Friday, 28 September 2012

Morning Drawing

'Morning drawing' evolved out of wake-up activities that were used to try and break through that feeling of tiredness and inertia that bodies of students tend to have first thing in the day. Initially all sorts of activities were used to sharpen senses and open minds to the fact that we were engaged in some sort of collective research into what it was to be a creative thinker. We had organised hymn singing, focusing on breathing and the sound of collective voices (always led by Patrick), games of catch, (the idea being to encourage the instinctive gesture, you can't think about catching a ball, you just know where it will be), humming exercises, whereby different groups would develop harmonies in response to a first hummed sound (focus was on our instinctive ability to build harmonic structure), physical exercise, jumping up and down as in some left over National Service activity, (to get the body attuned to a day's work), games like musical chairs but played with easels (we never had enough of these, so getting one usually meant arriving early), making paper aeroplanes out of any drawings left over from previous days (another way of thinking about the space of the room and the fact that paper was not just something to draw on) etc etc.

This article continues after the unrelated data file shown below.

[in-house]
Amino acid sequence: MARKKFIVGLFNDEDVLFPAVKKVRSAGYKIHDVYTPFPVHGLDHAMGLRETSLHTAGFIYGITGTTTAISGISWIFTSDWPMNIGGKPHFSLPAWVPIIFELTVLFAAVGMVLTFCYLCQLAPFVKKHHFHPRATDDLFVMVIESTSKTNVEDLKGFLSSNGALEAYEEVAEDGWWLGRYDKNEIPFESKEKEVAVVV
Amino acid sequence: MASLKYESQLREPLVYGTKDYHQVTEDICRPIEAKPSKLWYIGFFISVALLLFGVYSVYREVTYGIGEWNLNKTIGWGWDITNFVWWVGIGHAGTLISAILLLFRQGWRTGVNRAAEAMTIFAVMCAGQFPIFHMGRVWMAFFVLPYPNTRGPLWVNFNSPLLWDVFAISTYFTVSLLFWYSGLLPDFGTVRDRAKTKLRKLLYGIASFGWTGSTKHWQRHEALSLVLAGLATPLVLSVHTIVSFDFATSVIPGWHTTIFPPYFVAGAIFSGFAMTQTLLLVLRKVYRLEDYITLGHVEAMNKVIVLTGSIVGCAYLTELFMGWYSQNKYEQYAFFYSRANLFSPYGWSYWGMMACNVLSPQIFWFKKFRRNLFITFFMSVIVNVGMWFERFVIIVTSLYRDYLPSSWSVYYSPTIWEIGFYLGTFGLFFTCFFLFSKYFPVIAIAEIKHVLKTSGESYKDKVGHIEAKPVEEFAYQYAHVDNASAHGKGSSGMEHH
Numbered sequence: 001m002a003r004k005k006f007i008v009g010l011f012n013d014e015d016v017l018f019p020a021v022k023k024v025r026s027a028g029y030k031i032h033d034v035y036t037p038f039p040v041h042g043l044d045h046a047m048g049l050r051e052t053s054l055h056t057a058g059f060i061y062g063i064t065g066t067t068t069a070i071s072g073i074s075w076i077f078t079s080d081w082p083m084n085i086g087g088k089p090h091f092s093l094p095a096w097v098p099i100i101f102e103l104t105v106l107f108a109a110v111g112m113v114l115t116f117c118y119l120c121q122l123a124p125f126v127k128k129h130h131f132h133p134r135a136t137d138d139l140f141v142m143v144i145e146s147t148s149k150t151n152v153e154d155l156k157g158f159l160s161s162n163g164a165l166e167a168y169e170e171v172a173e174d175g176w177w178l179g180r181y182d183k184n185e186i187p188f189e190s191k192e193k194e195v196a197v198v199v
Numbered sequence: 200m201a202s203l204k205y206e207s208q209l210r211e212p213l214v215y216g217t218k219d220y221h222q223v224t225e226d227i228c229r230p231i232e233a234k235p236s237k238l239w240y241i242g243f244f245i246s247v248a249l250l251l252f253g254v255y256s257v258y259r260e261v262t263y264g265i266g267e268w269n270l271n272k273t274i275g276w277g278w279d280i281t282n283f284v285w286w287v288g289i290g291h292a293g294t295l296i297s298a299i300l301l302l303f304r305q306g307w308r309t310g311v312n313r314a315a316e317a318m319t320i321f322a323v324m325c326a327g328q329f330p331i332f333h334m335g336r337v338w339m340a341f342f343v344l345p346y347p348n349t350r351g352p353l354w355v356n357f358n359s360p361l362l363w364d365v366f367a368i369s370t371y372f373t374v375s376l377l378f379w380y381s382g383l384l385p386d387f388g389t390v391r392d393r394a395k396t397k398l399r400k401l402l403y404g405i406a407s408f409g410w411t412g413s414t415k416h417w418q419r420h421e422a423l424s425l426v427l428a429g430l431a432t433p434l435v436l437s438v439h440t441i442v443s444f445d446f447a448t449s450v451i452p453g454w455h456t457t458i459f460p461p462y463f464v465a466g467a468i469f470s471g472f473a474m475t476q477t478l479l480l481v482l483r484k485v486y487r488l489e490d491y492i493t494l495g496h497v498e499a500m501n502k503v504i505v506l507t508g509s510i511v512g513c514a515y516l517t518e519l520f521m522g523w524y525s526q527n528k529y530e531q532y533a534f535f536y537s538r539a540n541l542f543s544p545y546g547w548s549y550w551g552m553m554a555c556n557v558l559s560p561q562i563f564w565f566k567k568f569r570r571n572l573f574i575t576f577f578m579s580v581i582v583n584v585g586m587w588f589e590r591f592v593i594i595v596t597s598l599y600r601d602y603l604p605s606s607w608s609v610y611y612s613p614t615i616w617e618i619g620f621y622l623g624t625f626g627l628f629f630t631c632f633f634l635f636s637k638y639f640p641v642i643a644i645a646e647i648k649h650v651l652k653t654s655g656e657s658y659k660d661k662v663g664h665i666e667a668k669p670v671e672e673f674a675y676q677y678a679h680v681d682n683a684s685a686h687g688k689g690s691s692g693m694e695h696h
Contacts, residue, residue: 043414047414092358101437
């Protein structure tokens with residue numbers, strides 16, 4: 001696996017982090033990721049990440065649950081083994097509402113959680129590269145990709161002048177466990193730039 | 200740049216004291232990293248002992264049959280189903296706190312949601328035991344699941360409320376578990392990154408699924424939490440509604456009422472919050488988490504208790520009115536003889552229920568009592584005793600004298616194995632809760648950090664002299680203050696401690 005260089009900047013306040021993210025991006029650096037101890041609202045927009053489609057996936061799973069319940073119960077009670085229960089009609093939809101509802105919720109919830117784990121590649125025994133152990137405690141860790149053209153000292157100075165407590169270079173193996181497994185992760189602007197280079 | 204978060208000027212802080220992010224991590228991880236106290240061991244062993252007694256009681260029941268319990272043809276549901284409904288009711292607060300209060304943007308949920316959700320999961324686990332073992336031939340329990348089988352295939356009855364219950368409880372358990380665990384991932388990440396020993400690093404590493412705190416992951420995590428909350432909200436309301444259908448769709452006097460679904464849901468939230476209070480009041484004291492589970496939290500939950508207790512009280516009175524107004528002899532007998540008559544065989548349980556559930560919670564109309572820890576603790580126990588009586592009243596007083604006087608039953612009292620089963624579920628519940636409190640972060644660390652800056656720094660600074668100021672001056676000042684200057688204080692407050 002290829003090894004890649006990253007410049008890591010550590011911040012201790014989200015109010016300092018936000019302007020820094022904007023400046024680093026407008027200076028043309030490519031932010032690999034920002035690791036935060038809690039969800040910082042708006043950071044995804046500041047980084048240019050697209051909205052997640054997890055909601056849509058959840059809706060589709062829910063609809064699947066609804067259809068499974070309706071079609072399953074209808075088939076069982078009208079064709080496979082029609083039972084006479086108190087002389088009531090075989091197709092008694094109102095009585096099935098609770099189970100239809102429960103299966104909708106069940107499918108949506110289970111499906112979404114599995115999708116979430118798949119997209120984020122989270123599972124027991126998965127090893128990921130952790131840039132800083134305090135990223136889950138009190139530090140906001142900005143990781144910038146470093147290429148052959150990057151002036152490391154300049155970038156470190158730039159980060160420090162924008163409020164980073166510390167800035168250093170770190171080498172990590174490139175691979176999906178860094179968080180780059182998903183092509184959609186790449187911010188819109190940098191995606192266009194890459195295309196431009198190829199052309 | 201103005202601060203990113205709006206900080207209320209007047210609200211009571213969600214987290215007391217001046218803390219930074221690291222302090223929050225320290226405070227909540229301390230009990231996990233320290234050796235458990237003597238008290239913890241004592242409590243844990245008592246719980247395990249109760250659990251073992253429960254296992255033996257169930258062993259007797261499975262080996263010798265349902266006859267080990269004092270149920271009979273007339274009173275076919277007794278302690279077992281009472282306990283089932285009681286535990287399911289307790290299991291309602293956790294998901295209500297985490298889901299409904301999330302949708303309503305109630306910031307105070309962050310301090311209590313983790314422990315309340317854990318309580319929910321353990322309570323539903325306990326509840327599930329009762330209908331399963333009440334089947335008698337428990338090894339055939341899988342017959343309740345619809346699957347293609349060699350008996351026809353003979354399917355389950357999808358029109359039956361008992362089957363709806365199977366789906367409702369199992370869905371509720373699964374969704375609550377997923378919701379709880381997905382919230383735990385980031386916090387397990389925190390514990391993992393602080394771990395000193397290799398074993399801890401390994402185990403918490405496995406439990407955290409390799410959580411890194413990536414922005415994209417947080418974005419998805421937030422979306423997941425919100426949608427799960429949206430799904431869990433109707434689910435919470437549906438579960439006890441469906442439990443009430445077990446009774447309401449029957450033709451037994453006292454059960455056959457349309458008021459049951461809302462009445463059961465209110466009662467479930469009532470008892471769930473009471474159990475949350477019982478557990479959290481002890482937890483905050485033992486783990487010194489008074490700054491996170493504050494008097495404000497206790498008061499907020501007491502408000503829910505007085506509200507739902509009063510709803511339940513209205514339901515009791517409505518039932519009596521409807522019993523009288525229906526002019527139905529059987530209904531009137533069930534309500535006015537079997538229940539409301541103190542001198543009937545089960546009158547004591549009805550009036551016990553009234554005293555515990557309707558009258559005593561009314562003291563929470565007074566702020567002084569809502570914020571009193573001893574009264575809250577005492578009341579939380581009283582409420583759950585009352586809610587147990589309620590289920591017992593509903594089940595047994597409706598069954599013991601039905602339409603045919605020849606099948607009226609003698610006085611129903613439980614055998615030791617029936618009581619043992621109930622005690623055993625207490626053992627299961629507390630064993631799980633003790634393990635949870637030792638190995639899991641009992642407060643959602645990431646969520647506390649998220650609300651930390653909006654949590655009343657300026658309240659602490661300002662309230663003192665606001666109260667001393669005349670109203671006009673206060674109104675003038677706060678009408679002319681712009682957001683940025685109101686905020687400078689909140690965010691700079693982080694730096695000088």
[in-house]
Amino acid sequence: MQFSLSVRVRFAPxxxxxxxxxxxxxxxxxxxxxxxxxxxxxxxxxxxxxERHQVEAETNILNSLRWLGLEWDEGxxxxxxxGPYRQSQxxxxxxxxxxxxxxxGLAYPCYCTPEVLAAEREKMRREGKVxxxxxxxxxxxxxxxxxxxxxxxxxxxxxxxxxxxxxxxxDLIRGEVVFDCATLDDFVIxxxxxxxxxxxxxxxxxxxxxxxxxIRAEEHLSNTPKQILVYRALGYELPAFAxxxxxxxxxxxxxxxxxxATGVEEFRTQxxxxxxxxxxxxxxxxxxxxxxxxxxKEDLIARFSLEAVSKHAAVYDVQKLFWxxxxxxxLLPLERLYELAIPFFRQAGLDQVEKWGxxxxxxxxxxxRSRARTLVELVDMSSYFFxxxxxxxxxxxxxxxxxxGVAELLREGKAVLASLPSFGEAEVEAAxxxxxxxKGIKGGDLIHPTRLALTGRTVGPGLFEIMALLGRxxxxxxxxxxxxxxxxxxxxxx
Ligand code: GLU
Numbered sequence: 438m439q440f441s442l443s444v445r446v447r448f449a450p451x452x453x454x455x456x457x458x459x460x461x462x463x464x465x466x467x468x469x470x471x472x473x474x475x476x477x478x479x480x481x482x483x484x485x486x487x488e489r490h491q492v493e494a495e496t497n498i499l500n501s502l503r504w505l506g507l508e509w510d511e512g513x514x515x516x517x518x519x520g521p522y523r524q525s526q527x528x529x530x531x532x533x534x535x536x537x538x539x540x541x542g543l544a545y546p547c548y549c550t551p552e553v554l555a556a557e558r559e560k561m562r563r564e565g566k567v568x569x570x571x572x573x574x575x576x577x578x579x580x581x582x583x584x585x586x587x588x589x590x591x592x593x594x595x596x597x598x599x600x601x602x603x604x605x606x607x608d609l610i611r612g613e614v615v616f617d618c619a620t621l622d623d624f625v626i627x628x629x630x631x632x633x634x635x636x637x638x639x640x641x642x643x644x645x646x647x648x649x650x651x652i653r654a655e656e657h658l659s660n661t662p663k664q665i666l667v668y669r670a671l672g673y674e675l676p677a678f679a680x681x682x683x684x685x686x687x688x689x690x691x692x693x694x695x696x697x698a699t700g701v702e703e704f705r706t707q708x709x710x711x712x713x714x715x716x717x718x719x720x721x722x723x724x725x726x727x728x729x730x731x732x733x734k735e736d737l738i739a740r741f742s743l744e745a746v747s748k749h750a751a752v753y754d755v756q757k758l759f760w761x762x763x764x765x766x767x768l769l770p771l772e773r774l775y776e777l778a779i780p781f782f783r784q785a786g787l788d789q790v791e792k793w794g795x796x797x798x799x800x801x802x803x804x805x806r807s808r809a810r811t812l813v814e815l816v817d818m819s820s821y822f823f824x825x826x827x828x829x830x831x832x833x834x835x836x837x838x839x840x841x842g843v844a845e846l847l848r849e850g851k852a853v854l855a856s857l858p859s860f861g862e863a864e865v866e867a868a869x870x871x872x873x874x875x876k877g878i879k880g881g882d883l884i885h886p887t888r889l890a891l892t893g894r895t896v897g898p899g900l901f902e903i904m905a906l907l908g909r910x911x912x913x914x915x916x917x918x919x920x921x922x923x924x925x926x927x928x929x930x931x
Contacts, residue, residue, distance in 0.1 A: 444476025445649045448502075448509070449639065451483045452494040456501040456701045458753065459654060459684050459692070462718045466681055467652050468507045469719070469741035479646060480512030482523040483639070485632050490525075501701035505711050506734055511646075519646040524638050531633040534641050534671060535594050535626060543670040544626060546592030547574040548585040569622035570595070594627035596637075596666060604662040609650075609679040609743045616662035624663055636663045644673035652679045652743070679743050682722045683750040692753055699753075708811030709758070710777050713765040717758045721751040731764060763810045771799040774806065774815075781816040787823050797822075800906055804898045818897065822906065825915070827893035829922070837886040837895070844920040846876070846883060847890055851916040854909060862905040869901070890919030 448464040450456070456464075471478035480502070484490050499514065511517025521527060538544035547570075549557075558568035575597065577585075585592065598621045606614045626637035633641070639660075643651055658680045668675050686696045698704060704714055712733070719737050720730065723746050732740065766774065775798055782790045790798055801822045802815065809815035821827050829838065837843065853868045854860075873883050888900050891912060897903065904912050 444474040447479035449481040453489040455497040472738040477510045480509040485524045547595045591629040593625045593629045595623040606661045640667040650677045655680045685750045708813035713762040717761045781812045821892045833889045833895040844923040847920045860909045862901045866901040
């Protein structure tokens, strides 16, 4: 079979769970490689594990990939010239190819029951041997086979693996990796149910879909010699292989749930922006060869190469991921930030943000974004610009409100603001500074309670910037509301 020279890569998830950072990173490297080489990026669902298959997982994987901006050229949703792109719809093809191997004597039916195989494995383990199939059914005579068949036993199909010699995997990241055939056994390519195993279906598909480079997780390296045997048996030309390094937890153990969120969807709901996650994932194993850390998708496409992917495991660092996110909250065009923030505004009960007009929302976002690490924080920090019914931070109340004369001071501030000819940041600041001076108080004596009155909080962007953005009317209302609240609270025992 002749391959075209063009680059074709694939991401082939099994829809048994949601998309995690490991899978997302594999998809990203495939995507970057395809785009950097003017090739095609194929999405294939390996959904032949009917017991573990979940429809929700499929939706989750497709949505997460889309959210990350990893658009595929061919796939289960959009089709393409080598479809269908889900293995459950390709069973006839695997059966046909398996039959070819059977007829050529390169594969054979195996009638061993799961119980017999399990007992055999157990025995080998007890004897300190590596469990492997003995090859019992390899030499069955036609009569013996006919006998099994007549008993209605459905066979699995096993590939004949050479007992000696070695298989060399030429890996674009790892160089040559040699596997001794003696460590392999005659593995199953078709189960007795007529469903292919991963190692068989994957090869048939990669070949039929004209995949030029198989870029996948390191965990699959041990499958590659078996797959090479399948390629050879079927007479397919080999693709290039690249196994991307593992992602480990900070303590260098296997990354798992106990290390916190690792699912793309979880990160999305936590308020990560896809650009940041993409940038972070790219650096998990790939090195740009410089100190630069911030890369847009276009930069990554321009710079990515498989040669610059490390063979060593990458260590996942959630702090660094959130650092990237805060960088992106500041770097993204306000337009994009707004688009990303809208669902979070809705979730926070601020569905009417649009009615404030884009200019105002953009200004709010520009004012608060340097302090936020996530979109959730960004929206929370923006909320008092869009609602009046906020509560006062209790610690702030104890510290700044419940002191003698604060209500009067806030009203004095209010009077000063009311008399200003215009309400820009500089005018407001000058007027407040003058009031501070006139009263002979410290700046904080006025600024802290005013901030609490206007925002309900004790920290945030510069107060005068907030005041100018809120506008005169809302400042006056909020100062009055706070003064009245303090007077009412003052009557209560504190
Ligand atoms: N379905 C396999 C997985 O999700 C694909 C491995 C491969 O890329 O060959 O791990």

At some point, i can't remember when it was decided, we began to formalise these beginning of the day activities, and to use them to focus on aspects of drawing. Sessions would be short and sharp, each activity designed to make a particular point as to how drawing could be used as a tool for invention. Each member of staff had to come up with ideas and a different person would lead off each morning. 

Here are a few I remember:

'Draw the angle of perceived pain'. That was it, no elaboration was given, students had to set out to draw it. They were to check each one they had drawn against others, change the quality of each angle as it was drawn, eliminate some and sharpen others until all that was left was one angle, the "Angle of perceived pain". Pages dense with rubbings out, removals etc. would finally have within them this angle, sometimes heavily drawn in charcoal, using a wooden ruler, sometimes faintly drawn by hand in pencil, sometimes one side of the angle would be sharp and black, the other side soft and grey. Lines would bend, be perfectly straight, be annotated by numbers as students attempted to think through whether or not this was at 33.7 degrees or 33.9, crossed out annotations as to what failed angles represented etc etc. The key text was Kandinsky's concerning the Spiritual in Art.  In particular Kandinsky's assertion that the subjective effect produced by a line depended on its orientation was critical: "a horizontal line corresponds with the ground on which man rests and moves; it possesses a dark and cold affective tonality similar to black or blue. A vertical line corresponds with height, and offers no support; it possesses a luminous, warm tonality close to white and yellow. A diagonal possesses a more-or-less warm (or cold) tonality, according to its inclination toward the horizontal or the vertical". Students would be told to read this, the important issue being that they had now experienced drawing in a way that would allow them entry into Kandinsky's writings and not the other way round, as this could lead them into simply illustrating Kandinsky's ideas.